The technology behind Bluetooth connectivity has become increasingly popular and has been used by a new generation of hearing aids and COVID-19 contact tracing apps, among other things.While the wireless technology has become an essential part of everyday life, not many people have given much thought to the inspiration behind the iconic Bluetooth name and logo.According to one viral social media post, it is named after ancient King Harald “Bluetooth” of Denmark and Norway.“His nickname allegedly comes from the extreme amount of blueberries he ate, staining his teeth,” reads a Feb.13 memes shared to Facebook.“Commonly viewed as a great uniter, he’s the inspiration for Bluetooth wireless tech, (because it ‘unites’ devices) and the logo is actually his initials in Nordic Runes.” The meme includes a purported image of Harald and his initials alongside the popular Bluetooth symbol.“So not all of modern life is completely blind to the ways of the Norse,” the user captioned the post.Fact check: Where do false eyelashes come from? Who is King Harald I? It’s true that Bluetooth is named after an ancient Viking king who unified Denmark and Norway.
Harald reigned as the king of Denmark and Norway in the late 10th century, from 958 to 985, and was known for uniting the tribes of Denmark and converting the Danes to Christianity, according to Britannica.The exact year of his birth is unknown, however, it was traditionally thought to have been 910 or 911.
He was the son of King Gorm the Old and Queen Thyra, according to Ancient Origins.Scholars say Harald was nicknamed “Blåtand,” meaning blue tooth, because he had a dead tooth that looked blue and dark.Fact check: Famous 16th century Japanese samurai was an African expatriate Intel worker suggests Bluetooth name in 1996 In December 1996, Intel’s Jim Kardach, who had read a book on Viking history, suggested the name Bluetooth as a codename until the marketing group could come up with a formal technology name.“When asked about the name Bluetooth, I explained that Bluetooth was borrowed from the 10th century, second King of Denmark, King Harald Bluetooth, who was famous for uniting Scandinavia just as we intended to unite the PC and cellular industries with a short-range wireless link,” Kardach wrote in a 2008 column for the EE Times.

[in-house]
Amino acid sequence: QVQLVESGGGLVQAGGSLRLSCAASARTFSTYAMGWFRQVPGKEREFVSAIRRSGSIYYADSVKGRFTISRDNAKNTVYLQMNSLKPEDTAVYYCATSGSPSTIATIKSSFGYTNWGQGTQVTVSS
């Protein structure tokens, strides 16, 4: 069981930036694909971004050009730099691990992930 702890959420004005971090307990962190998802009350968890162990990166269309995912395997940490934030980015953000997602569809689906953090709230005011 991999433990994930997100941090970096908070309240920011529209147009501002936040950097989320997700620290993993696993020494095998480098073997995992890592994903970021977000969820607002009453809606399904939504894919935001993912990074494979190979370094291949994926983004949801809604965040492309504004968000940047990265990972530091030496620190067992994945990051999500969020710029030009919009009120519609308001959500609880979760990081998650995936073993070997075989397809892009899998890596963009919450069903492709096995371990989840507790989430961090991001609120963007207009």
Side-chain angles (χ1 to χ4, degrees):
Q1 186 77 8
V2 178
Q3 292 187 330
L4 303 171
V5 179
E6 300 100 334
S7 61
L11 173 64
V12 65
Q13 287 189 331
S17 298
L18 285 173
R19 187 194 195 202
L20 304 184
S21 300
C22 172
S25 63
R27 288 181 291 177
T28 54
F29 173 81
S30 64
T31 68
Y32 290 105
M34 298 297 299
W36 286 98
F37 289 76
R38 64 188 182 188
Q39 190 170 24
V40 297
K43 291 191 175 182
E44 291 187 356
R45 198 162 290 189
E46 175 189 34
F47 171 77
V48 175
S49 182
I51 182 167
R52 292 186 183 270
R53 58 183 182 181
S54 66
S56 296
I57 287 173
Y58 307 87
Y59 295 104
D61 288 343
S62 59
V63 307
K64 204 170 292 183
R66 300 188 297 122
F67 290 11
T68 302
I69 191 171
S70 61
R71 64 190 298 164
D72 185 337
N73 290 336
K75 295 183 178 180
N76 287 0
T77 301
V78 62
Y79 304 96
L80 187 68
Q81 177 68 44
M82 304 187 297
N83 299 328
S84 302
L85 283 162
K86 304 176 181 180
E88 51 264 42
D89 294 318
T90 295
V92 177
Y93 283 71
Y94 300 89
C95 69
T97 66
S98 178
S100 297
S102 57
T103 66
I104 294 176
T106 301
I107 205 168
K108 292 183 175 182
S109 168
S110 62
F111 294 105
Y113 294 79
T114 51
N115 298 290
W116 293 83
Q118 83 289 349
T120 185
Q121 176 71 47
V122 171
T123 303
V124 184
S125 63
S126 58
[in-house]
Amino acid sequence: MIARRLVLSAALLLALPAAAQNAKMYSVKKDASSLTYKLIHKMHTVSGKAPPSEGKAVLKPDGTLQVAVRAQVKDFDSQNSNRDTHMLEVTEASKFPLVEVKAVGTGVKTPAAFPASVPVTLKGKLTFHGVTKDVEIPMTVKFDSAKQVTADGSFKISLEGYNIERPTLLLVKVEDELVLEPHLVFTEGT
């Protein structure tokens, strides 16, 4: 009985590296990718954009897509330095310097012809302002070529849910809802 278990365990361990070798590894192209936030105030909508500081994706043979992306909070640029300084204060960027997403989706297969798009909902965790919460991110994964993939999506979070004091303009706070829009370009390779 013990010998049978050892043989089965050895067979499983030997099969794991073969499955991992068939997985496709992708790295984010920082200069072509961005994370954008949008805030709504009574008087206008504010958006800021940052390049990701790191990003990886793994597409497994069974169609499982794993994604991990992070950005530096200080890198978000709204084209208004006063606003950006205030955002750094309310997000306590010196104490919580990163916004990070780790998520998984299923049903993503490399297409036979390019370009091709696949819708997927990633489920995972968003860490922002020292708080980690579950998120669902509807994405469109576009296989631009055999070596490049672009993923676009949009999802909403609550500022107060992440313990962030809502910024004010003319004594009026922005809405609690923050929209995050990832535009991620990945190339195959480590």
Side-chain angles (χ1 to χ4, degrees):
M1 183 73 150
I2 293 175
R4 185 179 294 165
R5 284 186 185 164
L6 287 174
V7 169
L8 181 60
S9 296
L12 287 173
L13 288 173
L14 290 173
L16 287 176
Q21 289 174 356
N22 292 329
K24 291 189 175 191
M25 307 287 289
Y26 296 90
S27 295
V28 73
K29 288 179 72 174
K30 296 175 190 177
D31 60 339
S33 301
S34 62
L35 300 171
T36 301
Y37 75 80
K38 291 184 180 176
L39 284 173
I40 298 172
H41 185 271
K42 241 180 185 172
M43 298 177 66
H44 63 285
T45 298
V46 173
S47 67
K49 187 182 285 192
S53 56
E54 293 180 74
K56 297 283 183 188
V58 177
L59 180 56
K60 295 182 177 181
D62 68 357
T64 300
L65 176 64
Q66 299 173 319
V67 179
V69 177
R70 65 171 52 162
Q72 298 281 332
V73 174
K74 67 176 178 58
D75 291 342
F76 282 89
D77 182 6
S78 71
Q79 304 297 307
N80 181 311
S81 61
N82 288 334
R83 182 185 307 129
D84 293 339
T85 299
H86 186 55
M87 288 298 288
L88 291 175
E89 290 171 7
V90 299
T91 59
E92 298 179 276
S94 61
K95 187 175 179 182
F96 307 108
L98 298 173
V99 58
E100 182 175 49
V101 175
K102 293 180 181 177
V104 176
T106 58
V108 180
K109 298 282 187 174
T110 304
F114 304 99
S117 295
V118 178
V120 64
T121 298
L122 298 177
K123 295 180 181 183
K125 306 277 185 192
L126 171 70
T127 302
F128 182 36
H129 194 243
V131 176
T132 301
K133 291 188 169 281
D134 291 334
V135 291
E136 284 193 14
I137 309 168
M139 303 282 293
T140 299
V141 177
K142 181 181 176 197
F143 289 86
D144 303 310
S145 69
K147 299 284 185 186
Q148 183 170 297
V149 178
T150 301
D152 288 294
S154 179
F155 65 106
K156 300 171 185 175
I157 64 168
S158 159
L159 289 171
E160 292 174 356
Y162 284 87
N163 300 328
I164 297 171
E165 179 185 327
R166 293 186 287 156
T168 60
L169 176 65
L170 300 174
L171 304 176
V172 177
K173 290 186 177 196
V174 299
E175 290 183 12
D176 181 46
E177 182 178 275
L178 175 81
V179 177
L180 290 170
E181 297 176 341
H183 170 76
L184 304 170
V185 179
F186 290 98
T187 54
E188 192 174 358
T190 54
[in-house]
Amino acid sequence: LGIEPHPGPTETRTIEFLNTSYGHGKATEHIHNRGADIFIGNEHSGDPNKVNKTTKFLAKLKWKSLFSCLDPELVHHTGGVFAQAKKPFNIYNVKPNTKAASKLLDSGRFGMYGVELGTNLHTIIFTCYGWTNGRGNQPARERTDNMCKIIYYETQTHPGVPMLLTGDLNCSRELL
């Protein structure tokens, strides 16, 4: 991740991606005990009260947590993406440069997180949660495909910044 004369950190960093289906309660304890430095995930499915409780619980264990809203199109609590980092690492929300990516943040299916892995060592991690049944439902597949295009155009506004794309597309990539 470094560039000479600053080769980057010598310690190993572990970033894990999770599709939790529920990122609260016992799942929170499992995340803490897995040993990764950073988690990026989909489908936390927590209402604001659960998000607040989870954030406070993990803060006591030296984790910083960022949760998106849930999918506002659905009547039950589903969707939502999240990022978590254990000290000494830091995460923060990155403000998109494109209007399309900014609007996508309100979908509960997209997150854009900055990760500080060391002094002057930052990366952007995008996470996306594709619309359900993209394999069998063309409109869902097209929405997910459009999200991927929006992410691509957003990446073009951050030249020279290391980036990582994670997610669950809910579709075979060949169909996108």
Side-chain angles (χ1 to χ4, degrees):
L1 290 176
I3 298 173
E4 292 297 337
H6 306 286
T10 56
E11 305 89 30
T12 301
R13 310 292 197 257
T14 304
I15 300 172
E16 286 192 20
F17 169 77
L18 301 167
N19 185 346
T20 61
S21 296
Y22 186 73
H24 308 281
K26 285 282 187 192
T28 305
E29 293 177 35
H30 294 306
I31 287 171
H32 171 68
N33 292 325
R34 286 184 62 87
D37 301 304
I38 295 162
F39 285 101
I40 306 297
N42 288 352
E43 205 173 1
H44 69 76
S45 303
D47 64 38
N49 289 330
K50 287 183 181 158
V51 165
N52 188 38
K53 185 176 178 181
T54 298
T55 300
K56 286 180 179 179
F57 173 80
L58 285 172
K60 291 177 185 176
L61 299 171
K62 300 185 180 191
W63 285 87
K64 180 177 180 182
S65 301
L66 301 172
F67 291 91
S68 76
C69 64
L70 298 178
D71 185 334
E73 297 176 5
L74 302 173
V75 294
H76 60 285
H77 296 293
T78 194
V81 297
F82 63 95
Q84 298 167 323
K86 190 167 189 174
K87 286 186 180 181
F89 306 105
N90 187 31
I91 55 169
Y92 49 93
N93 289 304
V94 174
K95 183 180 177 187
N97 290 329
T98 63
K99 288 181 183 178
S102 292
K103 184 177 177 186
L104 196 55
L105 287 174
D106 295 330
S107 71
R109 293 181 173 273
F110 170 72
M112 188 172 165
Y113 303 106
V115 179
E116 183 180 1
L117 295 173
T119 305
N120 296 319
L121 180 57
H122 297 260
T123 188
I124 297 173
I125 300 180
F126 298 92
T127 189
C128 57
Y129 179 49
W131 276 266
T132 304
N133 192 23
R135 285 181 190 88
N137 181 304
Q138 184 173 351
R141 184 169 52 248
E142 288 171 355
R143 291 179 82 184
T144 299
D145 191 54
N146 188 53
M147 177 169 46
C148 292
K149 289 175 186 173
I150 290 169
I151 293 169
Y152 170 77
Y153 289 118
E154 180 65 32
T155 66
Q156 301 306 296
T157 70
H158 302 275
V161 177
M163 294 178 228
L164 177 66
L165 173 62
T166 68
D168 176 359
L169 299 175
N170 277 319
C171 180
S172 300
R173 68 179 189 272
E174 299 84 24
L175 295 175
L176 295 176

He added that he created a PowerPoint foil with a version of the Runic stone where Harald held a cellphone in one hand a notebook in the other hand.The codename Bluetooth was inserted into contracts as a placeholder until an official name was finalized.
When other names that were being considered did not work out, Bluetooth remained.The ubiquitous logo symbolizes “a bind rune merging the Younger Futhark runes (Hagall) ᚼ) and (Bjarkan) (ᛒ), Harald’s initials,” according to Bluetooth’s website.Fact check: Yale library’s fire system protects rare books without suffocating people Our rating: True The claim that Bluetooth got its name from Viking King Harald “Bluetooth” Gormsson is TRUE, based on our research.An Intel representative suggested the name based on the reasoning that Harald united Scandinavia and Bluetooth wanted to unite mobile PCs and cellphones to communicate.
But Harald reportedly got his “Bluetooth” nickname from a dark, dead tooth, not from eating an extreme amount of blueberries, as claimed in the meme.Our fact check sources: Thank you for supporting our journalism.You can subscribe to our print edition, ad-free app or electronic newspaper replica here.Our fact check work is supported in part by a grant from Facebook.Related .